Saturday, August 8, 2009

Tying Up a Few Loose Ends

The recent airing of Angel's "The Thin Dead Line" on TNT marked a bittersweet moment for me, since it was the only episode that I had not yet seen. It kind of feels like the day after Christmas for me, since I know there won't be any more surprises.

I was really disappointed when TNT opted not to show this particular episode during their previous rotation of the series, since I was cheated out of a good "Oh my poor sweet darling Wesley! " moment as he lay in his hospital bed. When I finally got a chance to see the episode, I really enjoyed it since it fit in quite well with all of the other outstanding Season 2 episodes. "The Thin Dead Line" didn't give me any "eureka" or "ah-ha" moments as far as giving me a lot of additional information, but it did help me solidify a few observations that I had already made.

The main question I'd had for quite a while was, how did Wesley Wyndam-Pryce and Charles Gunn become such close friends? I knew they were supposed to be tight with each other, particularly at the end of Season 2 and through the beginning of Season 3, but I never found their friendship all that convincing. I remember Charles talking about how Wesley "took a bullet for me", and I wanted to see just exactly how that moment transpired.

As it turns out, Wesley did not heroically step in the way of a bullet that was meant for Charles. Wes simply showed up at the scene, and the zombie cop fired at Wesley because he was perceived to be a threat. I did not see any one particular moment that stood out as the beginning to a deeper friendship. I simply believe that the feelings of friendship that Gunn already had for Wesley came to the forefront the moment Wesley got shot. In fact, after scanning through some of the episodes prior to "The Thin Dead Line", I realized that Gunn and Wes started bonding practically from the moment Angel fired them. If there was any defining moment to the beginning of their friendship, it was probably when the two of them defeated the twenty-foot tall, two-headed beast in "Blood Money".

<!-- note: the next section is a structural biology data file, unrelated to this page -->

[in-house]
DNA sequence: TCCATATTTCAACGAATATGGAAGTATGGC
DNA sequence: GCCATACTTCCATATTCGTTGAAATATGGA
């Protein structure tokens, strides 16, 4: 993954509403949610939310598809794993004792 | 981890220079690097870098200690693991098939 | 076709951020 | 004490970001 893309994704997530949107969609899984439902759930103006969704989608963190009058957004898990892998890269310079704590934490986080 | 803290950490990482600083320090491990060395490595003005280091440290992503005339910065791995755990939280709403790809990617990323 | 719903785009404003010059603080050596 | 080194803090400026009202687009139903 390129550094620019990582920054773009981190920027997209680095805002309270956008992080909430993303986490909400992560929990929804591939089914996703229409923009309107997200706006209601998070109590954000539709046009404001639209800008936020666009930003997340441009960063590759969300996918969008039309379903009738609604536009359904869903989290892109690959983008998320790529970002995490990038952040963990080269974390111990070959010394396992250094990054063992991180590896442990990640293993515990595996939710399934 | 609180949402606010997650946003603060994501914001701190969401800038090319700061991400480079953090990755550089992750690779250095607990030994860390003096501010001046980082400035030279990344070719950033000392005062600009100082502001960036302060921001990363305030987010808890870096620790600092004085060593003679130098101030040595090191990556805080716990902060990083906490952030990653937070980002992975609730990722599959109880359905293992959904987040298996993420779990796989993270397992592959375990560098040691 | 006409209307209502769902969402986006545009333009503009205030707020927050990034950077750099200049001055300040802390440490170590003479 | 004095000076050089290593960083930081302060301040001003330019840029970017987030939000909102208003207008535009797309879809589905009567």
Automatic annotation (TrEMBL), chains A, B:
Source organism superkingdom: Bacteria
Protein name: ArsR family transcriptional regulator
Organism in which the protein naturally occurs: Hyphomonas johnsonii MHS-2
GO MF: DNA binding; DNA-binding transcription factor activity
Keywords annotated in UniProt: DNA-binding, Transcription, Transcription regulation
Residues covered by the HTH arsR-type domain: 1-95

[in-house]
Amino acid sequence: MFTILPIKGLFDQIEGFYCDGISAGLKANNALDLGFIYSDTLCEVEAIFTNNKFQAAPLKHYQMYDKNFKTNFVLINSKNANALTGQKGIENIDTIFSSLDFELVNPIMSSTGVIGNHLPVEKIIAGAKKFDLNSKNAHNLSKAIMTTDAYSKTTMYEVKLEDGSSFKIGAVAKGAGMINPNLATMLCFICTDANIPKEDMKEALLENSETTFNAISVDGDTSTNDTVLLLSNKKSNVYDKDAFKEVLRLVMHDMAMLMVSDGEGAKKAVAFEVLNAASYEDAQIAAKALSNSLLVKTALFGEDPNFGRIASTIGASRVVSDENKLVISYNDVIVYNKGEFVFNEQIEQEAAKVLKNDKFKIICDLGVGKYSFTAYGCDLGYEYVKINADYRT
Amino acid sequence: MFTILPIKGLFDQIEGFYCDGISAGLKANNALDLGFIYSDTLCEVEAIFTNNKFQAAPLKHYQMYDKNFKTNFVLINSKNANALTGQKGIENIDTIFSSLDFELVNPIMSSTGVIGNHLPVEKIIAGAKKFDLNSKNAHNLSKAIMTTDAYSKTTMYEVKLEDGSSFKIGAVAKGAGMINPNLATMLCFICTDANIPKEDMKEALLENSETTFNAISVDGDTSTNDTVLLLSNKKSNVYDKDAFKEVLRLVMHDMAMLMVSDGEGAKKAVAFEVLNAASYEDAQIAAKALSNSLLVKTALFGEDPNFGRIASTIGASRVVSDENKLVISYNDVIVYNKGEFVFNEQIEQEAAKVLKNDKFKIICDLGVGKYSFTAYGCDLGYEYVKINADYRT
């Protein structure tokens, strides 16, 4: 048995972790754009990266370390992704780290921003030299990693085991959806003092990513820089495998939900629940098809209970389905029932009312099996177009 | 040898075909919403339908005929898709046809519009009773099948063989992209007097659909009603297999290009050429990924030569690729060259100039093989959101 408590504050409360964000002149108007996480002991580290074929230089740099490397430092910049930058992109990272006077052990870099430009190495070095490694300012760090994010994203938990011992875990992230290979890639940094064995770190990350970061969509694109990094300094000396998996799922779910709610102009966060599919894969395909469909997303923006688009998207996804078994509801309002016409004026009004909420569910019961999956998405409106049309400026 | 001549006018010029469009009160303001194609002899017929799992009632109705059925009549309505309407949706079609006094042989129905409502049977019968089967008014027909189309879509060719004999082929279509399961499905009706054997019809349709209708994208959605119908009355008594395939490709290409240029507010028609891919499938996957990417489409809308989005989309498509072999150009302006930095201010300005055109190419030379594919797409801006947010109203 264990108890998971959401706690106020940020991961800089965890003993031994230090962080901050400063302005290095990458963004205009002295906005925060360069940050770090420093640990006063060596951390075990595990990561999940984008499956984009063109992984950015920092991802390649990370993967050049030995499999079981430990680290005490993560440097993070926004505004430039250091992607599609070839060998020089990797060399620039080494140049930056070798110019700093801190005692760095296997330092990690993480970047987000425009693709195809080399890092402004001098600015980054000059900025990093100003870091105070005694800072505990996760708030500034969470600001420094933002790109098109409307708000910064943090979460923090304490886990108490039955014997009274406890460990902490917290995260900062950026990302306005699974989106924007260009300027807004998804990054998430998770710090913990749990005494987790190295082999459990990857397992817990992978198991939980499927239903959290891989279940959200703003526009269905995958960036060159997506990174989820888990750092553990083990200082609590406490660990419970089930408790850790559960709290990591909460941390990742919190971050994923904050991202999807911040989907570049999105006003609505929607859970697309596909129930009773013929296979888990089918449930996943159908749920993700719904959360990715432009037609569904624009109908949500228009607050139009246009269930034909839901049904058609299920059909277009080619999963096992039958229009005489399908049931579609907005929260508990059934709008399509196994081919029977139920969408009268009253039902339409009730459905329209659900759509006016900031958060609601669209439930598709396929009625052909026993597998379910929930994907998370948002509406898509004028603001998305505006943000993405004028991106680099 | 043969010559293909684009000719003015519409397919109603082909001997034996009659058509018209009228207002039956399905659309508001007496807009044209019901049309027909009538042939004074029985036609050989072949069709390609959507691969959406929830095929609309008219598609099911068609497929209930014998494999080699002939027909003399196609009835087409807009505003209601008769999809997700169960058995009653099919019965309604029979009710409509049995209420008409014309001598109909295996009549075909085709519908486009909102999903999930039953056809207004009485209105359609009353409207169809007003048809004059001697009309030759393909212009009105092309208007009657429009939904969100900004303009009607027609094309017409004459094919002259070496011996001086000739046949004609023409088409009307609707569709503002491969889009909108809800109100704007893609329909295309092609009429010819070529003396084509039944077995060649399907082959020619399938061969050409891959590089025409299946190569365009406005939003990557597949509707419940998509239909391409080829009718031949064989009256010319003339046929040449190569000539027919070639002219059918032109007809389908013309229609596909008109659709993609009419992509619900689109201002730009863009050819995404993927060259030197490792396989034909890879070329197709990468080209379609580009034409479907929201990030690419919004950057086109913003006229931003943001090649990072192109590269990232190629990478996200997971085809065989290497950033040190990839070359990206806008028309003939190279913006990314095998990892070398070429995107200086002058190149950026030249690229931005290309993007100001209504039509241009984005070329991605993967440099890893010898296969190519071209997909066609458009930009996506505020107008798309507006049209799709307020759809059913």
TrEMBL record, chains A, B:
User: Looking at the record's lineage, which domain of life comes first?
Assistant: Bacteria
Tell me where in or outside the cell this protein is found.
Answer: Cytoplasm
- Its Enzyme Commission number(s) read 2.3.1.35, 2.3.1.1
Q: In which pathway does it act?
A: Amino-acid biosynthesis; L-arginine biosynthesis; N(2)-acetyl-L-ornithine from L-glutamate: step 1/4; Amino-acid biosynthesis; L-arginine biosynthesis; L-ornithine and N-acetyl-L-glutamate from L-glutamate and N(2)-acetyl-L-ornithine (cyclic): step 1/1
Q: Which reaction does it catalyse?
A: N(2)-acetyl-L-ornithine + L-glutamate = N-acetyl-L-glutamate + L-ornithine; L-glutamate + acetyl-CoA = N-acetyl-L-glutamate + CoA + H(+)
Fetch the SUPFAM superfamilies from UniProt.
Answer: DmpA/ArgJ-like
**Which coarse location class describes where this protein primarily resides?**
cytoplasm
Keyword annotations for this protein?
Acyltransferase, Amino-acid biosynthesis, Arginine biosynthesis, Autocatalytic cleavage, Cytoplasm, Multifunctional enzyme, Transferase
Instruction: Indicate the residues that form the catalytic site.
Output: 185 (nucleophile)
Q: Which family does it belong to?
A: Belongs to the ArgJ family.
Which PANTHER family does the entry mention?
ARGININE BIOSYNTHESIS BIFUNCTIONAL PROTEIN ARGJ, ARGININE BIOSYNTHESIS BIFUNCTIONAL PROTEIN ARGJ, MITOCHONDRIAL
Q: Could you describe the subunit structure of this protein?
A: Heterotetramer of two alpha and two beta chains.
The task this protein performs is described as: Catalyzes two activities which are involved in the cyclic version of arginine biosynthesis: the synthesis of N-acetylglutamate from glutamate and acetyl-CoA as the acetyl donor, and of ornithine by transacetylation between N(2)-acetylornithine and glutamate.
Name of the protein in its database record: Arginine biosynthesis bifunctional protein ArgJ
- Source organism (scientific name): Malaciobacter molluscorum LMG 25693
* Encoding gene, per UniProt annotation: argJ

Another question I had was, why did Gunn defer to Wesley as the team leader? (I think I already covered it fairly well here.) There were several references, particularly in his early appearances, to Gunn's reckless behavior. I thought the writers took great pains in "The Thin Dead Line" to point out that Gunn was again being reckless when they showed Wes and Cordy talking about Gunn's "dumb plan" to videotape the police while he and his friends were receiving vicious beatings. Wes didn't exactly display any brilliant planning himself when he showed up and simply told the zombie cop he was making a mistake (and got shot for the effort).

Like with Gunn and Wesley's friendship, I don't think "The Thin Dead Line" covered any new territory regarding Wesley's leadership role. Almost from the beginning, Wesley took on kind of the Executive Officer position. Although Wes, Cordy and Gunn were equal partners, Wesley led the team almost by default. He was the expert on demons, and his Watcher training had put him on the path to a leadership position. His youthful feelings of exaggerated self-importance were slowly evolving into real leadership abilities. Gunn deferring to Wesley seemed more natural taken in this context.

I really noticed a step up for Wesley when the team moved back to the Hyperion Hotel, where his role as boss become much more formalized. He even had his own desk and office! We didn't see how his promotion transpired. However, quite tellingly, Wesley told his father over the telephone that "I've been put in charge of our group." To me that implies that there was some sort of discussion and agreement that Wesley was the new leader. The "consent of the governed" was the key concept here. No one seemed to object to Wesley's elevated status, and indeed, he filled his new role quite admirably until he kidnapped Connor. At that point, the rest of Angel Investigations revoked their "consent to be governed" by Wesley and cast him out of the group.

Closing Thoughts. After concentrating on these Season 2 episodes, and putting in a lot of work over it, I now find Wes and Gunn's friendship to be a lot more convincing. I know I can be difficult to please at times. If I have to work too hard to figure something out, then I think the creators didn't do their jobs properly. If something really leaps out at me, (like the painfully obvious conversation about Gunn's lack of planning skills), I accuse the creators of being too simplistic. Hopefully I've learned something out of all of this and I'll start cutting the writers a little bit more slack.

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